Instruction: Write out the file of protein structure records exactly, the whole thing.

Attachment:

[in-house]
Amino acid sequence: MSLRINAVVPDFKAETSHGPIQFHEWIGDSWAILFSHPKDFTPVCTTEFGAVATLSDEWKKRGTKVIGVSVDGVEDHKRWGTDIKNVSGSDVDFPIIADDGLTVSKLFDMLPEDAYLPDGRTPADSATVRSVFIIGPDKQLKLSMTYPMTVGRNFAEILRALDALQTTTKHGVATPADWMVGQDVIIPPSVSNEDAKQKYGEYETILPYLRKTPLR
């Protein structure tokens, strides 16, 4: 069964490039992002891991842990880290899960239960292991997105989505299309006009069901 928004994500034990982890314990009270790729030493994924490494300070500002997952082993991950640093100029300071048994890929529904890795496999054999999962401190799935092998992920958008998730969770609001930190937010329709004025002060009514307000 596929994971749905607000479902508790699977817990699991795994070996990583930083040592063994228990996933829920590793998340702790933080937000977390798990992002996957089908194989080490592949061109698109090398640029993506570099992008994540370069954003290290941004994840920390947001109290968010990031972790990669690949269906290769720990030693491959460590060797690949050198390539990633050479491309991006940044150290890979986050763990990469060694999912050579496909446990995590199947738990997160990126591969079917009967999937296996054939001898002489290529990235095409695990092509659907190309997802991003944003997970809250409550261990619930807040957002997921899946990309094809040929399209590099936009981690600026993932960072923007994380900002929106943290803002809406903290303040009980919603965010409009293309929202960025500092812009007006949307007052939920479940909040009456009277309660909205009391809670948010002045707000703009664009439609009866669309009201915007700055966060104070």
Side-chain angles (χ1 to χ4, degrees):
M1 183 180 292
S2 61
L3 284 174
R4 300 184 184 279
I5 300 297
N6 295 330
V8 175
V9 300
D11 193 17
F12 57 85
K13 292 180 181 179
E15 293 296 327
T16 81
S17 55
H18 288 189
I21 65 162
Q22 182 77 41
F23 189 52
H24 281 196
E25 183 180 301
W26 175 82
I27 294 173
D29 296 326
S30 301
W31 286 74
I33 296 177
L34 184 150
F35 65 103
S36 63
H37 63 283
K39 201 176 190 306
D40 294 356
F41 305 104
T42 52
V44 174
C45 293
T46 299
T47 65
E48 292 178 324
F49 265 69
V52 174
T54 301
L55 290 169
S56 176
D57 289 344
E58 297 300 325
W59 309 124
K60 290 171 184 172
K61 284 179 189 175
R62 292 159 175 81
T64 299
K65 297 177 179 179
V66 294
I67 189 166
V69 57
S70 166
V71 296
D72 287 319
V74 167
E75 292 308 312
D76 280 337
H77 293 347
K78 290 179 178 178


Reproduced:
[in-house]
Amino acid sequence: MSLRINAVVPDFKAETSHGPIQFHEWIGDSWAILFSHPKDFTPVCTTEFGAVATLSDEWKKRGTKVIGVSVDGVEDHKRWGTDIKNVSGSDVDFPIIADDGLTVSKLFDMLPEDAYLPDGRTPADSATVRSVFIIGPDKQLKLSMTYPMTVGRNFAEILRALDALQTTTKHGVATPADWMVGQDVIIPPSVSNEDAKQKYGEYETILPYLRKTPLR
């Protein structure tokens, strides 16, 4: 069964490039992002891991842990880290899960239960292991997105989505299309006009069901 928004994500034990982890314990009270790729030493994924490494300070500002997952082993991950640093100029300071048994890929529904890795496999054999999962401190799935092998992920958008998730969770609001930190937010329709004025002060009514307000 596929994971749905607000479902508790699977817990699991795994070996990583930083040592063994228990996933829920590793998340702790933080937000977390798990992002996957089908194989080490592949061109698109090398640029993506570099992008994540370069954003290290941004994840920390947001109290968010990031972790990669690949269906290769720990030693491959460590060797690949050198390539990633050479491309991006940044150290890979986050763990990469060694999912050579496909446990995590199947738990997160990126591969079917009967999937296996054939001898002489290529990235095409695990092509659907190309997802991003944003997970809250409550261990619930807040957002997921899946990309094809040929399209590099936009981690600026993932960072923007994380900002929106943290803002809406903290303040009980919603965010409009293309929202960025500092812009007006949307007052939920479940909040009456009277309660909205009391809670948010002045707000703009664009439609009866669309009201915007700055966060104070």
Side-chain angles (χ1 to χ4, degrees):
M1 183 180 292
S2 61
L3 284 174
R4 300 184 184 279
I5 300 297
N6 295 330
V8 175
V9 300
D11 193 17
F12 57 85
K13 292 180 181 179
E15 293 296 327
T16 81
S17 55
H18 288 189
I21 65 162
Q22 182 77 41
F23 189 52
H24 281 196
E25 183 180 301
W26 175 82
I27 294 173
D29 296 326
S30 301
W31 286 74
I33 296 177
L34 184 150
F35 65 103
S36 63
H37 63 283
K39 201 176 190 306
D40 294 356
F41 305 104
T42 52
V44 174
C45 293
T46 299
T47 65
E48 292 178 324
F49 265 69
V52 174
T54 301
L55 290 169
S56 176
D57 289 344
E58 297 300 325
W59 309 124
K60 290 171 184 172
K61 284 179 189 175
R62 292 159 175 81
T64 299
K65 297 177 179 179
V66 294
I67 189 166
V69 57
S70 166
V71 296
D72 287 319
V74 167
E75 292 308 312
D76 280 337
H77 293 347
K78 290 179 178 178